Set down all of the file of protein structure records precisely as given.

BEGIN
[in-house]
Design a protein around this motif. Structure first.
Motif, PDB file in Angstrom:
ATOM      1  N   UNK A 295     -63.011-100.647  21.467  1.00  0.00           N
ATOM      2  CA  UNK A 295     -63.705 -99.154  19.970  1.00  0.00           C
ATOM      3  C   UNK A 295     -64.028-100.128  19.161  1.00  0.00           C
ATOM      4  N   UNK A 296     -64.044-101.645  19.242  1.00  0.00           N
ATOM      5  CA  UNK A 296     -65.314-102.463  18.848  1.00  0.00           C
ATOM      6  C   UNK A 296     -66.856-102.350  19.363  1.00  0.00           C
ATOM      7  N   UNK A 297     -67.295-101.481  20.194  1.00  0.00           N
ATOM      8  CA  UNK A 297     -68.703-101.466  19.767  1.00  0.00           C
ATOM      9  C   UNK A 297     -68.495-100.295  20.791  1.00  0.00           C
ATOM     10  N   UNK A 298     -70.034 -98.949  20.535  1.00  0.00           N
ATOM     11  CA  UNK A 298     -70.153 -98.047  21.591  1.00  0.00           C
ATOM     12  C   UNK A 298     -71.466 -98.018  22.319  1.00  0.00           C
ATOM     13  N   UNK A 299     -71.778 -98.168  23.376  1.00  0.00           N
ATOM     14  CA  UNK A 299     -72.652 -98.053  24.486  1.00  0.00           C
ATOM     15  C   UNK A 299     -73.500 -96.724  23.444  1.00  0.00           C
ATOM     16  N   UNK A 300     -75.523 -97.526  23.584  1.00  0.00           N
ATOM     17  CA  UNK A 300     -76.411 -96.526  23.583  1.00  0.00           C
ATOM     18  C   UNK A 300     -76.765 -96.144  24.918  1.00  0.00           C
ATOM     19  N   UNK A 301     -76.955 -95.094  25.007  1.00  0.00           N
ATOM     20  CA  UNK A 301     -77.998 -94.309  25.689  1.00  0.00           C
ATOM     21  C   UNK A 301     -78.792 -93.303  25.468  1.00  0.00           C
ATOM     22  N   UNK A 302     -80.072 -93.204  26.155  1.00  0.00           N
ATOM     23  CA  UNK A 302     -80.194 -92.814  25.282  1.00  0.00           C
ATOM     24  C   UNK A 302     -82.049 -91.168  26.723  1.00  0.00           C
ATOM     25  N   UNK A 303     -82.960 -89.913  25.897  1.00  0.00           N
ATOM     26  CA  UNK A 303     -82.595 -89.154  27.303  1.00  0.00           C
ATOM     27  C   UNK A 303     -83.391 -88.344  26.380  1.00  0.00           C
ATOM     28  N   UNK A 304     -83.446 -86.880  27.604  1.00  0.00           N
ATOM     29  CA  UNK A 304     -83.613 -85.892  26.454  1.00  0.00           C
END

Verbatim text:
[in-house]
Design a protein around this motif. Structure first.
Motif, PDB file in Angstrom:
ATOM      1  N   UNK A 295     -63.011-100.647  21.467  1.00  0.00           N
ATOM      2  CA  UNK A 295     -63.705 -99.154  19.970  1.00  0.00           C
ATOM      3  C   UNK A 295     -64.028-100.128  19.161  1.00  0.00           C
ATOM      4  N   UNK A 296     -64.044-101.645  19.242  1.00  0.00           N
ATOM      5  CA  UNK A 296     -65.314-102.463  18.848  1.00  0.00           C
ATOM      6  C   UNK A 296     -66.856-102.350  19.363  1.00  0.00           C
ATOM      7  N   UNK A 297     -67.295-101.481  20.194  1.00  0.00           N
ATOM      8  CA  UNK A 297     -68.703-101.466  19.767  1.00  0.00           C
ATOM      9  C   UNK A 297     -68.495-100.295  20.791  1.00  0.00           C
ATOM     10  N   UNK A 298     -70.034 -98.949  20.535  1.00  0.00           N
ATOM     11  CA  UNK A 298     -70.153 -98.047  21.591  1.00  0.00           C
ATOM     12  C   UNK A 298     -71.466 -98.018  22.319  1.00  0.00           C
ATOM     13  N   UNK A 299     -71.778 -98.168  23.376  1.00  0.00           N
ATOM     14  CA  UNK A 299     -72.652 -98.053  24.486  1.00  0.00           C
ATOM     15  C   UNK A 299     -73.500 -96.724  23.444  1.00  0.00           C
ATOM     16  N   UNK A 300     -75.523 -97.526  23.584  1.00  0.00           N
ATOM     17  CA  UNK A 300     -76.411 -96.526  23.583  1.00  0.00           C
ATOM     18  C   UNK A 300     -76.765 -96.144  24.918  1.00  0.00           C
ATOM     19  N   UNK A 301     -76.955 -95.094  25.007  1.00  0.00           N
ATOM     20  CA  UNK A 301     -77.998 -94.309  25.689  1.00  0.00           C
ATOM     21  C   UNK A 301     -78.792 -93.303  25.468  1.00  0.00           C
ATOM     22  N   UNK A 302     -80.072 -93.204  26.155  1.00  0.00           N
ATOM     23  CA  UNK A 302     -80.194 -92.814  25.282  1.00  0.00           C
ATOM     24  C   UNK A 302     -82.049 -91.168  26.723  1.00  0.00           C
ATOM     25  N   UNK A 303     -82.960 -89.913  25.897  1.00  0.00           N
ATOM     26  CA  UNK A 303     -82.595 -89.154  27.303  1.00  0.00           C
ATOM     27  C   UNK A 303     -83.391 -88.344  26.380  1.00  0.00           C
ATOM     28  N   UNK A 304     -83.446 -86.880  27.604  1.00  0.00           N
ATOM     29  CA  UNK A 304     -83.613 -85.892  26.454  1.00  0.00           C